Note (Mar 5th): This is an update of “Going under the knife tomorrow”

For the last 8 or 9 years I’ve been suffering from a rare condition called achalasia, which makes it difficult to swallow food and liquids because my lower esophageal sphincter, a trap door at the entrance to my stomach, fails to open to let stuff through when its supposed to.

The sensation feels like you have something trapped in your throat after swallowing anything substantial, which is pretty-much exactly what is happening. Its not pleasant, and means that I need to eat slowly, and drink a lot of liquids while I eat to “flush” it all down. Even worse, sometimes it just doesn’t go down at all, in which case… well, you can imagine.

They don’t know what causes achalasia, but they do know that its not something that goes away naturally. Eight years ago I had a simple procedure called a balloon dilation, where they deliberately stretch the misbehaving sphincter so that it doesn’t close properly, and lets food through. That provides a few months of relief, but its not a permanent solution. Of course, there is a reason that sphincter is there in the first place, and so if it doesn’t close properly it can cause heartburn because acid from your stomach gets up into your esophagus where it doesn’t belong. Anyway, since I had that procedure back in 2000 in London I’ve just learned to live with the problem.

But a few months ago I decided that I would go see a doctor about it again, and learned about a newish treatment called a Laproscopic Heller myotomy, which is performed through keyhole surgery, making it less of a big deal than it otherwise would be. It involves cutting the muscles that keep the problematic sphincter closed, thus addressing the problem of food not getting through for the long term, and often permanently.

Of course, like the balloon dilation, leaving the trap door open can allow stomach acid to get where it doesn’t belong, causing heartburn – therefore they do another procedure called a fundoplication, which involves wrapping the top part of your stomach around the esophagus, effectively creating a new artificial sphincter of sorts, which should help prevent heartburn.

So Thursday was the big day, my surgery was at 8am, by early that afternoon I was surfing the net on my iTouch with morphine pumping through my veins – feeling pretty good. Surgeon said that it went extremely well, and I was able to drink clear liquids by mid-afternoon, by which time my mother and girlfriend had arrived with my laptop.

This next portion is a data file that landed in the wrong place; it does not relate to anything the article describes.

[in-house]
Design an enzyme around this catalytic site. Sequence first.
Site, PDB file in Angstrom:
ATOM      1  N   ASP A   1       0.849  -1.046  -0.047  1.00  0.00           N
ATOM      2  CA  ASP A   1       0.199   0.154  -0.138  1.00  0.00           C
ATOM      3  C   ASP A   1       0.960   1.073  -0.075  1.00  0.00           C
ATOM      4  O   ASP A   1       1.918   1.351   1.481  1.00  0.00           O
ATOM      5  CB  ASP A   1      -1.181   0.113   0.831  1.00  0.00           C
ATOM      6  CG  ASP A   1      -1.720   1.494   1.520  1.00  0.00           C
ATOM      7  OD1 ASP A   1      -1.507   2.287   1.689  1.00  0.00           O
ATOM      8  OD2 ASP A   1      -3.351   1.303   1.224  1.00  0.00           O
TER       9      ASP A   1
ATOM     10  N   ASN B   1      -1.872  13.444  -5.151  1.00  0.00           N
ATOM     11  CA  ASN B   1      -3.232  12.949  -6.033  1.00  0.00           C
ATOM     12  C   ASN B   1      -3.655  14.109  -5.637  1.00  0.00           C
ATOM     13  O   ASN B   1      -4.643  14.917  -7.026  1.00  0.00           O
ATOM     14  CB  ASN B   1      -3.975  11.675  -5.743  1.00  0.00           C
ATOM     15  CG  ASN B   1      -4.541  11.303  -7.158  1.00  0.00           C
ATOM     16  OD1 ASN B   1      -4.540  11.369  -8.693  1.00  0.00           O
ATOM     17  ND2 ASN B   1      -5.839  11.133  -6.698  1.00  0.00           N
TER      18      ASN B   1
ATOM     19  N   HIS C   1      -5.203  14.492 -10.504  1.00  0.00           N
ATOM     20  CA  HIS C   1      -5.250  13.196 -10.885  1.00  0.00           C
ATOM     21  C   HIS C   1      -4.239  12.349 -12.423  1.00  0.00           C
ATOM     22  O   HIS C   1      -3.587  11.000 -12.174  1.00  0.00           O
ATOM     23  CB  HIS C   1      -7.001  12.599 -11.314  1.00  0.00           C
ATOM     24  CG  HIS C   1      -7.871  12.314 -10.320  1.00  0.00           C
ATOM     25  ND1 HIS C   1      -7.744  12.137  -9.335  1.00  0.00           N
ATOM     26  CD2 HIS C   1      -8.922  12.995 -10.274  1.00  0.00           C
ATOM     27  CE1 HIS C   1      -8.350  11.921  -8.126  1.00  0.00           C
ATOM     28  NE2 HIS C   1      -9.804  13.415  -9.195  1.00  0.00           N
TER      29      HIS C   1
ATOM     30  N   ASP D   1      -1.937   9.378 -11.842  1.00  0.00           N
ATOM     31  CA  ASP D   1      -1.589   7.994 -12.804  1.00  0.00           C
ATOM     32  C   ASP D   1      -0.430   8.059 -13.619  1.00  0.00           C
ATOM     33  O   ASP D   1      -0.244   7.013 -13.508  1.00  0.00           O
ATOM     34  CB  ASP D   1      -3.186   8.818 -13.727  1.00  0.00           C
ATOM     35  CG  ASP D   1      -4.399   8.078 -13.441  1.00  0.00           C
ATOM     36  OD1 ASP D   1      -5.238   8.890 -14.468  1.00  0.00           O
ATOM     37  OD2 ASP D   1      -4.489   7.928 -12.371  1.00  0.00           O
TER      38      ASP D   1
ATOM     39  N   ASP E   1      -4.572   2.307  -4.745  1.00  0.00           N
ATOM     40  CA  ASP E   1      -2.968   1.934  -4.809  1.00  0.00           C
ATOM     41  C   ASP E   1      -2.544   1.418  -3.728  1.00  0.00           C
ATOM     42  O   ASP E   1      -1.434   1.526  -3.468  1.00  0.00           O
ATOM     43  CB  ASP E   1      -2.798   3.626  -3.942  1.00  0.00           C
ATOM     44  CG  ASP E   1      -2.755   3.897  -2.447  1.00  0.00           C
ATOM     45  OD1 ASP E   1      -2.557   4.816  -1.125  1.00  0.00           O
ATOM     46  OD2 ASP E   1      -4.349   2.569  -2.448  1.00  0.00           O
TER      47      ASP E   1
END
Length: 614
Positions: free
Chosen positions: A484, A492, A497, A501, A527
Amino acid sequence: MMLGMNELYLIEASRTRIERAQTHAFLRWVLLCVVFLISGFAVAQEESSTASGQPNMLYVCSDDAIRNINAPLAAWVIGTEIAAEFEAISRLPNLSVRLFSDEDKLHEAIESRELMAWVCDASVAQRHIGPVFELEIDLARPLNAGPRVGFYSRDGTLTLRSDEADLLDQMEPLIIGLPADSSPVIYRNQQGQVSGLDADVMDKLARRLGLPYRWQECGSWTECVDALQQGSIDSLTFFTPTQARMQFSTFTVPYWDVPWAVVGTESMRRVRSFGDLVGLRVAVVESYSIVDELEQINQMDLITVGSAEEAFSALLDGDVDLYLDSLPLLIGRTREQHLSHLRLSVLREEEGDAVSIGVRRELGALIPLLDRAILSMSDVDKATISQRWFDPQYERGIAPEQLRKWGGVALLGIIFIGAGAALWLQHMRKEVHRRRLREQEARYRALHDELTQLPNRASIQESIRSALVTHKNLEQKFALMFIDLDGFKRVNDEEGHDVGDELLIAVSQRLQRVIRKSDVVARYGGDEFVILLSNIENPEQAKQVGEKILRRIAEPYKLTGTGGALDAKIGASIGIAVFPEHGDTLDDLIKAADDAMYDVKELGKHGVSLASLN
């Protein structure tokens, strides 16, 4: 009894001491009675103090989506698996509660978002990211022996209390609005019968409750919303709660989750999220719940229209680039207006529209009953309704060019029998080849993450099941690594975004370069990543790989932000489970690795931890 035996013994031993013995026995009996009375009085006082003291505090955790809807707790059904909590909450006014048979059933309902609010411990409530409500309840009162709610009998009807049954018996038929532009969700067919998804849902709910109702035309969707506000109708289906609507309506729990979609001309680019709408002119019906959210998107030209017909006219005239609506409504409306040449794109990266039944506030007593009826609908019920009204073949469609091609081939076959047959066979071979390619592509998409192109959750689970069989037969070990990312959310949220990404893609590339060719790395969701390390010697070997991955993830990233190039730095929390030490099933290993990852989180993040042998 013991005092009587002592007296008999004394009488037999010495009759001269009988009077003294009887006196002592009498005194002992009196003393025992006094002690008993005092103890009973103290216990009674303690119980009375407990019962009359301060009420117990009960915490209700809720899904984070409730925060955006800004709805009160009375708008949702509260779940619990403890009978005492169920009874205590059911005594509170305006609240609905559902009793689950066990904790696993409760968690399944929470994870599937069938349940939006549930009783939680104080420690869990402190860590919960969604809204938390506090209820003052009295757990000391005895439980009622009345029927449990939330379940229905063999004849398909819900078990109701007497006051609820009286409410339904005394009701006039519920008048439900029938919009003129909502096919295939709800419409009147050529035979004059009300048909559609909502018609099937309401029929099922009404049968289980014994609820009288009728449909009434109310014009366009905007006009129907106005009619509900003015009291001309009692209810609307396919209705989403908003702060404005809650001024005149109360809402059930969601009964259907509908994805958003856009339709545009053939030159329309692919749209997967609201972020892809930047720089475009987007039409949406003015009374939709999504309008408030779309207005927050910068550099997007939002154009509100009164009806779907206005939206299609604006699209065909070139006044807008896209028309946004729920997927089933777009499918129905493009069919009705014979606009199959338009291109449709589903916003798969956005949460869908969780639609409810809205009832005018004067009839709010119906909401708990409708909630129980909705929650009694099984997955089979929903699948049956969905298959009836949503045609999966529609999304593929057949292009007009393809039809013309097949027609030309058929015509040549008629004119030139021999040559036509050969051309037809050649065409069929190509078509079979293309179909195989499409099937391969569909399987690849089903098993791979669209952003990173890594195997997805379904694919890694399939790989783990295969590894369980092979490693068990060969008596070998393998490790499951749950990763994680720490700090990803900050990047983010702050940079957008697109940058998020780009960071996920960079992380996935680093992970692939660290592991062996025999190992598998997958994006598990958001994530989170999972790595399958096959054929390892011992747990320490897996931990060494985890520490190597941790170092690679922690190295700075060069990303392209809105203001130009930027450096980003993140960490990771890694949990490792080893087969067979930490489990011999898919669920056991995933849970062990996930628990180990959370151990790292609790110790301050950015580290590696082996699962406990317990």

Here is Ian on drugs, around 10pm 28th Feb

I stayed in for observation that night, but even immediately after the op I wasn’t experiencing any discomfort, although I suspect I’ve got the morphine to thank for that. Still, even without the drugs, I don’t think I would have been in agony.

As I write this its been 4 days since the surgery, and while I’m still being cautious about what I eat and how quickly I eat it, the difference is obvious. [warning: TMI alert!] So far I haven’t thrown up once, whereas before the surgery I would have thrown-up many times a day.

That may seem awful, but after 8 years throwing-up was really no more unpleasant or unusual than sneezing. It was only inconvenient because you need to run to the nearest bathroom to do it, which can make people thing that either you have the world’s smallest bladder, or that you are bulimic (achalasia is a physical disorder, not a psychological one – it has nothing to do with bulimia).

I’m still walking around like an old man, and my chest is full of aches and pains when I’m not on the painkillers, but really its not so bad and its improving rapidly. I expect to be 100% within a week.

Oh, one last thing – the Seton hospital is absolutely wonderful. I felt like I’m was being pampered as if on an international first class flight. The staff were even very nice to my mother and girlfriend, who were also made to feel like they were an important part of the process. Truth be told, I almost feel nostalgic for my stay there.

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